Quietly, perhaps in a brief moment when floppy Derek Fisher wasn't butoh dancing for the refs, Celtics-Lakers became everything anyone could want in a basketball series.
There's been a little something for everyone: plenty of defense for the purists and lots of offense for the aesthetes, and Rajon Rondo doing ridiculous massé off the backboard, which is for all of us. Game 5 — the one that saw Tony Allen block Pau Gasol's layup with what I'm pretty sure was his foot — was also a nice rebuke to anyone who's ever grouched about the death of the jump shot (the only thing that prevents Clyde Frazier from bitching about this more is the blessed dearth of words that rhyme with "midrange"). Paul Pierce and Kobe Bryant spent most of the game trading 18-footers, the former on jiggly little hesitations and pump fakes, the latter on fadeaways with half the Praetorian Guard sitting on his shoulders. John Hollinger called it a "a vintage display of yesteryear scoring," and to an extent he was right. It was all so very 1987 that you half-expected Bernard King to check in, hit a baseline jumper, and tear his ACL. Except it was so much better than any of that.
I mention this because, in the wake of John Wooden's passing, there's been the predictable mooing over The Way We Used To Be. Wooden was by all accounts a good man, but it was his great misfortune over the years to be fashioned into a bludgeon that deeply cynical people could swing time and again at all modern life:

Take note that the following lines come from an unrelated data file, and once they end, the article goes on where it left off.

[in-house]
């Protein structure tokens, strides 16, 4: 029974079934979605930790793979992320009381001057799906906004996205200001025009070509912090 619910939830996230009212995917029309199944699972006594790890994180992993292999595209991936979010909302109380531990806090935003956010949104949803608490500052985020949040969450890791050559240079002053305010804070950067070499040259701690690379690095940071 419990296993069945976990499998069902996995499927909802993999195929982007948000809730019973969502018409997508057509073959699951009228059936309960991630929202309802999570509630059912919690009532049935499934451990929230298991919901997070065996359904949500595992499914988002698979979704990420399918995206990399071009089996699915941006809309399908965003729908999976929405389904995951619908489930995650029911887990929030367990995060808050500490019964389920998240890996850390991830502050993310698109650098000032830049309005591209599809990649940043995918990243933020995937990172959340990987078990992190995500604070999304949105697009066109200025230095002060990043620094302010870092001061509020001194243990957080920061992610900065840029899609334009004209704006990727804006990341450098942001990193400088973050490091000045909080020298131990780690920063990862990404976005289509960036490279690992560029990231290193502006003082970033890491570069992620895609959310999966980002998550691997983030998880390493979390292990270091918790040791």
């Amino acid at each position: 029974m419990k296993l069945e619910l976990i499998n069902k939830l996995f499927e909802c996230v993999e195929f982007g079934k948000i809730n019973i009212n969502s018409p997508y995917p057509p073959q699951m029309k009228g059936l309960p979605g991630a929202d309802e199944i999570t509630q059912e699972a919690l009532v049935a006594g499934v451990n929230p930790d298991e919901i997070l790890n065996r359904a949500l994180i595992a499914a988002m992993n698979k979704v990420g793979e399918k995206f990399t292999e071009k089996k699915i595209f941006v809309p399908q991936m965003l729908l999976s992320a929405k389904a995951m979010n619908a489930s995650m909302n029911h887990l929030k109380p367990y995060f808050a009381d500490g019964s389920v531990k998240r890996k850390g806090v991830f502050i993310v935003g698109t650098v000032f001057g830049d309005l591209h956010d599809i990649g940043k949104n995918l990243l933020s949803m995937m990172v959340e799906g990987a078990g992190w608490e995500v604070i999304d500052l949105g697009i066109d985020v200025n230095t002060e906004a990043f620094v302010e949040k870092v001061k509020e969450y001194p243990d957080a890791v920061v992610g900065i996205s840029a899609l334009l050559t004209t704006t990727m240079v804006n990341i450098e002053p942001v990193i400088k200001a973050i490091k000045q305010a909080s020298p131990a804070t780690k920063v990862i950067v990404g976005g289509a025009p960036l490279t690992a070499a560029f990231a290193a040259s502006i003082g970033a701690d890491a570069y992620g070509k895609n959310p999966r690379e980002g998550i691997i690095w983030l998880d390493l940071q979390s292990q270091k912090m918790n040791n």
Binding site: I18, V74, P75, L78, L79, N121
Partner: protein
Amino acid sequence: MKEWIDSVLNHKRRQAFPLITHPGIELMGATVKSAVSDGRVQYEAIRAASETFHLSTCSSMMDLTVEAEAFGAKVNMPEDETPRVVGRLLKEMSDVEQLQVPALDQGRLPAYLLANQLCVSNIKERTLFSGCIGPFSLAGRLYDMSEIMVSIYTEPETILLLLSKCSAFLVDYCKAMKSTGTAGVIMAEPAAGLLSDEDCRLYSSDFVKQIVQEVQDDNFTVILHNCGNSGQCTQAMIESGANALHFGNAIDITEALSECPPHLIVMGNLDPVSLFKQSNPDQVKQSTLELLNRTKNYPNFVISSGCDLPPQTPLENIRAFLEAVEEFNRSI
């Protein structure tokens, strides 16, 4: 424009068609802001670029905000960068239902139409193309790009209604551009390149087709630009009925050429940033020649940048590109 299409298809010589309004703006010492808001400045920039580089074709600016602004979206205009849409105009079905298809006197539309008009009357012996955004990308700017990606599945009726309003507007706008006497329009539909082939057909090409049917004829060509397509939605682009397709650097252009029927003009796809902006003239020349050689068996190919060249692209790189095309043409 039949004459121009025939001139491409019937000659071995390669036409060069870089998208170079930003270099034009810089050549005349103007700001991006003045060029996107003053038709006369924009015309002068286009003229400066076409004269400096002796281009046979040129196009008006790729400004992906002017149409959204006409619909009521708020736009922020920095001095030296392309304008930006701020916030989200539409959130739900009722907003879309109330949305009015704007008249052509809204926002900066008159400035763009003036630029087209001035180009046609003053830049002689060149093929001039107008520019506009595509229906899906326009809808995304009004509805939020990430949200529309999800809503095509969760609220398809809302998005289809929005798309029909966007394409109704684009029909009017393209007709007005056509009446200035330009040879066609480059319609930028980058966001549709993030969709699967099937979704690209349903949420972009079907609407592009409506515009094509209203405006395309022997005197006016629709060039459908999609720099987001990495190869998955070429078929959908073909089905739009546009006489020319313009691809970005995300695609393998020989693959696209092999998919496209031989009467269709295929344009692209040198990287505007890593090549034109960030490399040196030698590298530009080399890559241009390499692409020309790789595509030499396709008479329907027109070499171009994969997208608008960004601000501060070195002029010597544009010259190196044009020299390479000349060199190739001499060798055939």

[S]ometimes, when the Madness of March gets to be too much—too many players trying to make SportsCenter, too few players trying to make assists, too many coaches trying to be homeys, too few coaches willing to be mentors, too many freshmen with out-of-wedlock kids, too few freshmen who will stay in school long enough to become men—I like to go see Coach Wooden.
That's Rick Reilly, if you couldn't tell. (Reilly doesn't note that there were out-of-wedlock kids in Wooden's day, too, some of them spawned by his own players, and a few of them allegedly aborted with the help of good ol' Sam Gilbert and his Bicycle Club). I've said my piece on Wooden before — twice, in fact — so I won't belabor the point. Suffice it to say that I like watching Tony Allen block shots with his foot, and I like watching Rajon Rondo do backboard massé, and I like watching Kobe and Pierce trade fours from midrange the way folks used to, except better, all of which is to say that I like Basketball The Way It Is Now.